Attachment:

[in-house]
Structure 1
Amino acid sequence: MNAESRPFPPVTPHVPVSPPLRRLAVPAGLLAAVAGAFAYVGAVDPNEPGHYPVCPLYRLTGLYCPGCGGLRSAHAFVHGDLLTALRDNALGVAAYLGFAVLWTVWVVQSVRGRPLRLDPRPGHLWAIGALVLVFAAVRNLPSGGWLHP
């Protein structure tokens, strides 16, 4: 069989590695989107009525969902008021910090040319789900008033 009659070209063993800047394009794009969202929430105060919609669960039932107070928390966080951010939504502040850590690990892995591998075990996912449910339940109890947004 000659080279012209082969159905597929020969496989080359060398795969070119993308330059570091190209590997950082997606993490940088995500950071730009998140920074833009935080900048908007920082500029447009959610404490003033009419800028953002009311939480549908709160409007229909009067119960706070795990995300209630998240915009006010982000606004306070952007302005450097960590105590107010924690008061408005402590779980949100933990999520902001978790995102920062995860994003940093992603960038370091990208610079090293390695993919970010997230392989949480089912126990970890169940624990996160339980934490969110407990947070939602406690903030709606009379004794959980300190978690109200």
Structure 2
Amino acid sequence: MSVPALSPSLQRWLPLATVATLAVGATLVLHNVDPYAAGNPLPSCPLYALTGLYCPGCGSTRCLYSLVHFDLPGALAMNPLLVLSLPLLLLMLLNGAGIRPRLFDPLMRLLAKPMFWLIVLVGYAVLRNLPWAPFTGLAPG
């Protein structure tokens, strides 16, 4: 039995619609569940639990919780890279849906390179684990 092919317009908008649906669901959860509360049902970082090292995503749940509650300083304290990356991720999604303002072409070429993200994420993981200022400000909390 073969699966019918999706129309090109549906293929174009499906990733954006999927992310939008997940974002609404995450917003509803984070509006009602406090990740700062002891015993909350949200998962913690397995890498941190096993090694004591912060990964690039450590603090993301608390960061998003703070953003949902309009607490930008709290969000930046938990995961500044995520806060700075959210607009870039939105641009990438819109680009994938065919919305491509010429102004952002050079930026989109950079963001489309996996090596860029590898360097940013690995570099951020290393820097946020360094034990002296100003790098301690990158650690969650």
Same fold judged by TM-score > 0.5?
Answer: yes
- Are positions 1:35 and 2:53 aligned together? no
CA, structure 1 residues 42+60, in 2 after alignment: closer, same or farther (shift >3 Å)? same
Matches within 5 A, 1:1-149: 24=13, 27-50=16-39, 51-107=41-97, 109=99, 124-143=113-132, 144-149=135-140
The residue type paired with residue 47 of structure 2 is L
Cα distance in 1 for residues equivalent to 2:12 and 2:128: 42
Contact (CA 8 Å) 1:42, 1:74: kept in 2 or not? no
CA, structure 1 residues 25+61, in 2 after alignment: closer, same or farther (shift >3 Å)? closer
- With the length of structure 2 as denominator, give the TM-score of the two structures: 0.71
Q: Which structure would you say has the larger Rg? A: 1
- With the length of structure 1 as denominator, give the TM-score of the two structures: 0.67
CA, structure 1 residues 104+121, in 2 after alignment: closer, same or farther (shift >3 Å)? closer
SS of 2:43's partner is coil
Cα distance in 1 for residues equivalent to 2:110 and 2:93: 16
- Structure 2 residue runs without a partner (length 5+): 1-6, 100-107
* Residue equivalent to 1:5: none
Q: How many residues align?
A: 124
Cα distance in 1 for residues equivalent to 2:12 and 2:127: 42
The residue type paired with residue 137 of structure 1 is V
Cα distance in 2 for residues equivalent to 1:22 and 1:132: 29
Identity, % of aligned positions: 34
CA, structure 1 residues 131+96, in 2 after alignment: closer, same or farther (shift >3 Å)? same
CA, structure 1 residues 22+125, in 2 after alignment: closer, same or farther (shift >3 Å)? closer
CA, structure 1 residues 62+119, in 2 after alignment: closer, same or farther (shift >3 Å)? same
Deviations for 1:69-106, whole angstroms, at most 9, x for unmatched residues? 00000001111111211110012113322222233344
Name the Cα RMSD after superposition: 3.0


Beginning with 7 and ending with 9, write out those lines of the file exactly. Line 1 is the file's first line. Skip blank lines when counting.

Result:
């Protein structure tokens, strides 16, 4: 039995619609569940639990919780890279849906390179684990 092919317009908008649906669901959860509360049902970082090292995503749940509650300083304290990356991720999604303002072409070429993200994420993981200022400000909390 073969699966019918999706129309090109549906293929174009499906990733954006999927992310939008997940974002609404995450917003509803984070509006009602406090990740700062002891015993909350949200998962913690397995890498941190096993090694004591912060990964690039450590603090993301608390960061998003703070953003949902309009607490930008709290969000930046938990995961500044995520806060700075959210607009870039939105641009990438819109680009994938065919919305491509010429102004952002050079930026989109950079963001489309996996090596860029590898360097940013690995570099951020290393820097946020360094034990002296100003790098301690990158650690969650």
Same fold judged by TM-score > 0.5?
Answer: yes